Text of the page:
I was pretty excited when LIGO, the giant double-eared gravitational wave observatory in the US, detected the first gravitational waves. When Virgo came online, triangulating gravitational wave signals became possible, and gravitational wave astronomy became a reality.
Once the initial excitement of seeing individual events died away, it was only a matter of time and statistics before scientists started pulling new insights out of the data. A pair of new papers has looked at black hole merger statistics, and the papers’ results suggest that there might be something unusual in the distribution of black hole spins.
The revealing death spiral
Gravitational waves are the result of mass moving through space and time. The mass stretches space and time, causing a ripple effect, much like the bow wave from a boat moving through water. And, just like a bow wave, the heavier and faster the mass, the bigger the wave. Unlike water, space-time is very stiff, so it needs more than an ocean liner to create a noticeable gravitational wave.
This means that we can only observe gravitational waves from very heavy objects that are moving extremely fast. Pairs of black holes that are in the final moments of a death spiral and collision definitely fit this requirement. In the last few orbits, the two black holes have speeds that are a respectable fraction of the speed of light.
These events produce massive gravitational waves, which, by the time they have reached us, are ripples that stretch the distance between New York and Los Angeles by a few femtometers. For perspective, a hydrogen atom is on the order of 100,000 femtometers.
For decades, this was all a matter of theory. But we eventually managed to construct detectors that allowed us to test this theory. Understandably, the first few detections were met with great excitement. Now, we have catalogs of gravitational wave events that can be data-mined.
First you spin, then you orbit
When two black holes are orbiting each other, their orbit defines a plane, with the direction of orbit ending up either clockwise or anticlockwise in the plane. The two black holes can also be spinning, but that spin does not have to be in the plane or have the same direction as the orbital rotation. In fact, according to the researchers, there is no reason to think that black hole spin is anything other than random.
However, it has also been predicted that, in a binary system, the two black hole spins will be anti-aligned. For example, if one black hole is spinning clockwise at 90 degrees to the plane of orbit, the second will be spinning anticlockwise at 90 degrees to the plane of orbit.
If the black holes’ spins are out of alignment with their orbit, then the black hole spins will precess like spinning tops while also maintaining their anti-alignment. Under the right circumstances, this can also introduce a wobble in the plane of the orbit and the possibility of a kind of resonance, called a spin-orbit resonance. (This is when the spin orientation causes the orbit orientation to change, which then causes the spin orientation to change and so on.)
So far, these ideas have only been investigated in models, but now that we have a catalogue of black hole mergers, we can finally start looking for evidence.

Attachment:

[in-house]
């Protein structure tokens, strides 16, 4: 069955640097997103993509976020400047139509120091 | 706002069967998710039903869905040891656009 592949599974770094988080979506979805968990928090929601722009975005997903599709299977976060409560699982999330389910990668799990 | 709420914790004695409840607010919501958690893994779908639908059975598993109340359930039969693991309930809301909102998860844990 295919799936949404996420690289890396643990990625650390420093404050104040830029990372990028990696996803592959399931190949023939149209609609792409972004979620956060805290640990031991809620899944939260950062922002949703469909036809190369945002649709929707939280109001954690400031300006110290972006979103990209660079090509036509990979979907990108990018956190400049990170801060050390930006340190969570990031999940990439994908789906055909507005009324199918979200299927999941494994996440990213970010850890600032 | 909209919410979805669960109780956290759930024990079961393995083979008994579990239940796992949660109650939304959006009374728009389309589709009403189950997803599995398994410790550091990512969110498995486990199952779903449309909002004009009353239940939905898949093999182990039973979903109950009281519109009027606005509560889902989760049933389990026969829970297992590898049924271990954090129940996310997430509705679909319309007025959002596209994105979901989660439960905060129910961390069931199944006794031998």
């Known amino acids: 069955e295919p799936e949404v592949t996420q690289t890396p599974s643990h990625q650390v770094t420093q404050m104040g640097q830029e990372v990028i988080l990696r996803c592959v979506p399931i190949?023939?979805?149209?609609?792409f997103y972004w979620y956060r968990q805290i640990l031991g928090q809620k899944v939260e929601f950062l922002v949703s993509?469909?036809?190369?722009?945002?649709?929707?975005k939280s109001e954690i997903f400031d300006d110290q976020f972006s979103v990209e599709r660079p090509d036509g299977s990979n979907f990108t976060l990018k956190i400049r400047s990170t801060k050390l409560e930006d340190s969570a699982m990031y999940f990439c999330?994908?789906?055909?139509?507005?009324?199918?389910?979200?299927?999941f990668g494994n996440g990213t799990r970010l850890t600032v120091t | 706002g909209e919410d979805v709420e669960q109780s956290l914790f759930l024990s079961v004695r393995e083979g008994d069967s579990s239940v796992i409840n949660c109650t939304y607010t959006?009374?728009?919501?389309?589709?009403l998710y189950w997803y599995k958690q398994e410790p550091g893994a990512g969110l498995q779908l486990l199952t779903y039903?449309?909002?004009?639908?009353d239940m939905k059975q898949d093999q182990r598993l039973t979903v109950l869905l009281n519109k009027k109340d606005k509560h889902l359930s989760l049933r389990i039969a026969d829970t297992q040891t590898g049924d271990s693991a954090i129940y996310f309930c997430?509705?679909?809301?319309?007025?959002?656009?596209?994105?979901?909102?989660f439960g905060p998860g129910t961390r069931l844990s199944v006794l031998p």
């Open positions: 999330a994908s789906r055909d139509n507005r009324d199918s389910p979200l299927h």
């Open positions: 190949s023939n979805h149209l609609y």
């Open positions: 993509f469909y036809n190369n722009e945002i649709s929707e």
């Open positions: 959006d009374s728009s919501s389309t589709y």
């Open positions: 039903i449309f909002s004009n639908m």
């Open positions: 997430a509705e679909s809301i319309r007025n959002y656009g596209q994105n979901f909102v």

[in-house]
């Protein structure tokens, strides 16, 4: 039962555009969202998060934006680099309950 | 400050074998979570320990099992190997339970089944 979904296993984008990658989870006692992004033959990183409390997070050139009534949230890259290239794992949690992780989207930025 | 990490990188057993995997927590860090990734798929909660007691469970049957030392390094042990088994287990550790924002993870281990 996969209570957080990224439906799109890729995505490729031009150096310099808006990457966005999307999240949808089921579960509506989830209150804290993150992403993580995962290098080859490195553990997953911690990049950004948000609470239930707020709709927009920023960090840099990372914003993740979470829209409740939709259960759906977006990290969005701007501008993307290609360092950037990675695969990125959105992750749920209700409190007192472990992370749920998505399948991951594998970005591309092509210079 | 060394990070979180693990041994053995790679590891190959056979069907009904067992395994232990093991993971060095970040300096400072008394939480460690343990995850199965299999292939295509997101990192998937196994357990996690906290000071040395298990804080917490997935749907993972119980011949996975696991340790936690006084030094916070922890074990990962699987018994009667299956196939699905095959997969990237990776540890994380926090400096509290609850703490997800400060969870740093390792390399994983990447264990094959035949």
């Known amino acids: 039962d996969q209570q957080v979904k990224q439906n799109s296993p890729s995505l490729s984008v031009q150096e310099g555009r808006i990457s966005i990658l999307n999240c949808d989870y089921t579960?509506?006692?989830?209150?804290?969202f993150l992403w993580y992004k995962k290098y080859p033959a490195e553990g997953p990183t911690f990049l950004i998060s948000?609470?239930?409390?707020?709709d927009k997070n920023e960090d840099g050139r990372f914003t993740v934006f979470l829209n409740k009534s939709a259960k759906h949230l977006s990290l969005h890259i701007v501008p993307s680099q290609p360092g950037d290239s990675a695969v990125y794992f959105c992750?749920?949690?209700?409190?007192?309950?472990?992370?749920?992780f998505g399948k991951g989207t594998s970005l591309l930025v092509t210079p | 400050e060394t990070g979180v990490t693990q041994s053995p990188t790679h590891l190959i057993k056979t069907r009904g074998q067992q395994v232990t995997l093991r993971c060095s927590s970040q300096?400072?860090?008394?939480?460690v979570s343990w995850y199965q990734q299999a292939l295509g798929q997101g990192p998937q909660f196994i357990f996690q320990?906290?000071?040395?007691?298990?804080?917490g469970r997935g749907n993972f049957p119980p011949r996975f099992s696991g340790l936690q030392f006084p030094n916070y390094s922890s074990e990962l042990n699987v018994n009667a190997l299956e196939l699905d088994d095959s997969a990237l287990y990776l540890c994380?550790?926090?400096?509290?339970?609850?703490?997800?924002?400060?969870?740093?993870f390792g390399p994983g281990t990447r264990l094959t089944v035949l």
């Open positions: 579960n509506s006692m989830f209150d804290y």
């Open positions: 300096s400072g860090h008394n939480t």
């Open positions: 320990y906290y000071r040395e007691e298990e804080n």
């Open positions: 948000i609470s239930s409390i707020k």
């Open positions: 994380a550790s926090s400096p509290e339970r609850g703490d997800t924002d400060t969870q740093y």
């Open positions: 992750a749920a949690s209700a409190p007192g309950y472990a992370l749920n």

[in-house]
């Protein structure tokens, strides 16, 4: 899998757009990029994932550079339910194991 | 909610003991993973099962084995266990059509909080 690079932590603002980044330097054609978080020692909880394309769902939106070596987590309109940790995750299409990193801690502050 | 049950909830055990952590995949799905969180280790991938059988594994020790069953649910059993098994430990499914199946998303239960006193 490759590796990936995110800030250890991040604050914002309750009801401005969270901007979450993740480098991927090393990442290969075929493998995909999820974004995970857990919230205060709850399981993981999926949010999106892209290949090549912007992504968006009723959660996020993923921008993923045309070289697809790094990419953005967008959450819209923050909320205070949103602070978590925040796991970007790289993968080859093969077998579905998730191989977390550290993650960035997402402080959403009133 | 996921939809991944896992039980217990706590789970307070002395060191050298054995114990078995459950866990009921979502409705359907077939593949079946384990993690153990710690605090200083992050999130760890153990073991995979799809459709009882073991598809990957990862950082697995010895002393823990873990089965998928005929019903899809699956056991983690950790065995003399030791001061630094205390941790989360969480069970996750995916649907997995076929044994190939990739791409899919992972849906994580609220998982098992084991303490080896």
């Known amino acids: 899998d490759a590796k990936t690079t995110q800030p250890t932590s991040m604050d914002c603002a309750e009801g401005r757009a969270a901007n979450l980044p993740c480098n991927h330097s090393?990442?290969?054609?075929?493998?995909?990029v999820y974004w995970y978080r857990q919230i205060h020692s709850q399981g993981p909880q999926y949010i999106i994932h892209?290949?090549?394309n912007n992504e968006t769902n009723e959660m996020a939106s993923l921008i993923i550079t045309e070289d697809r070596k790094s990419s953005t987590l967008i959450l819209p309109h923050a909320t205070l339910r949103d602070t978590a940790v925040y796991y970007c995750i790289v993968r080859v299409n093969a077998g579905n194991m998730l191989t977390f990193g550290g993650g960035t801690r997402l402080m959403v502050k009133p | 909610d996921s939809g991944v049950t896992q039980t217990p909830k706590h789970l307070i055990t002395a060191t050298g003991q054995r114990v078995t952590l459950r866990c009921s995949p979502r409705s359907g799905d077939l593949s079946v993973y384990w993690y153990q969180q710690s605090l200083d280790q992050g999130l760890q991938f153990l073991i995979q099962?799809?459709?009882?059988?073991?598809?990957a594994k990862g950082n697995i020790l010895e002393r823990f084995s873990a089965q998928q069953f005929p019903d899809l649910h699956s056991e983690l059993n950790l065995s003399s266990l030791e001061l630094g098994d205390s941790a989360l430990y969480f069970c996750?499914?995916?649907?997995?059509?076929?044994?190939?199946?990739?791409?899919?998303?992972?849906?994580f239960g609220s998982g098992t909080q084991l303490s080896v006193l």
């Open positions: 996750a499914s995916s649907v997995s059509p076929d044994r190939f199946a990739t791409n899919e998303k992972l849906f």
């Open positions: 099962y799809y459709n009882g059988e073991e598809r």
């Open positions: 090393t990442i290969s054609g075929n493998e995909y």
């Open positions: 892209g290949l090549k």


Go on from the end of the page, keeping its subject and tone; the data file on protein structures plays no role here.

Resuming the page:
A surprisingly small kick
The research team behind the new papers used a statistical model to try to back-propagate the observed gravitational waves to the possible spin orientations of black holes. The researchers assumed two possible distributions of spins: evenly distributed (no preferred orientation) and a peaked distribution (a preferred orientation).
The outcome in both cases showed that the anti-alignment of black hole spins was preferred. This confirms (although weakly) the model predictions that also lead to spin-orbit resonance. Even in the case that assumed black hole spin has no preferred orientation, the data favored an orientation of 45 degrees to the plane of the orbit.
That’s a bit of a surprise, given that, so far, no model has predicted a preferred spin orientation. In both cases, though, the number of mergers is still too low to allow for strong conclusions, so consider this very preliminary.
The researchers also investigated how the spin orientation would influence the final state of the merged black hole. The production of gravitational waves gives a kick (think Newton’s third law for black holes) to the post-merger black hole. Some of the models with spin-orbit resonances had predicted that this kick could exceed 5,000 km/s. This is the equivalent of the galaxy’s bouncer grabbing the black hole by the scruff of the neck and hurling it vigorously into the intergalactic void.
Even though the spin alignment predictions are rather weak, this still translates into a strong prediction for a well-defined kick of about 300 km/s. Apparently, only the most refined astronomical abodes will kick you out for merging while also spinning (globular clusters, in fact).
Of course, with more data, the observed peak in spin orientation could disappear. This is what makes the papers exciting. Unlike previous years (when there was no data) or even a few years ago (when everyone based their speculation off of a single event), we now have data. And we will get more data. Models are being refuted, refined, or confirmed, and this is a handy example of that in process.
Physical Review Letters, 2022, DOI: 10.1103/PhysRevLett.128.031101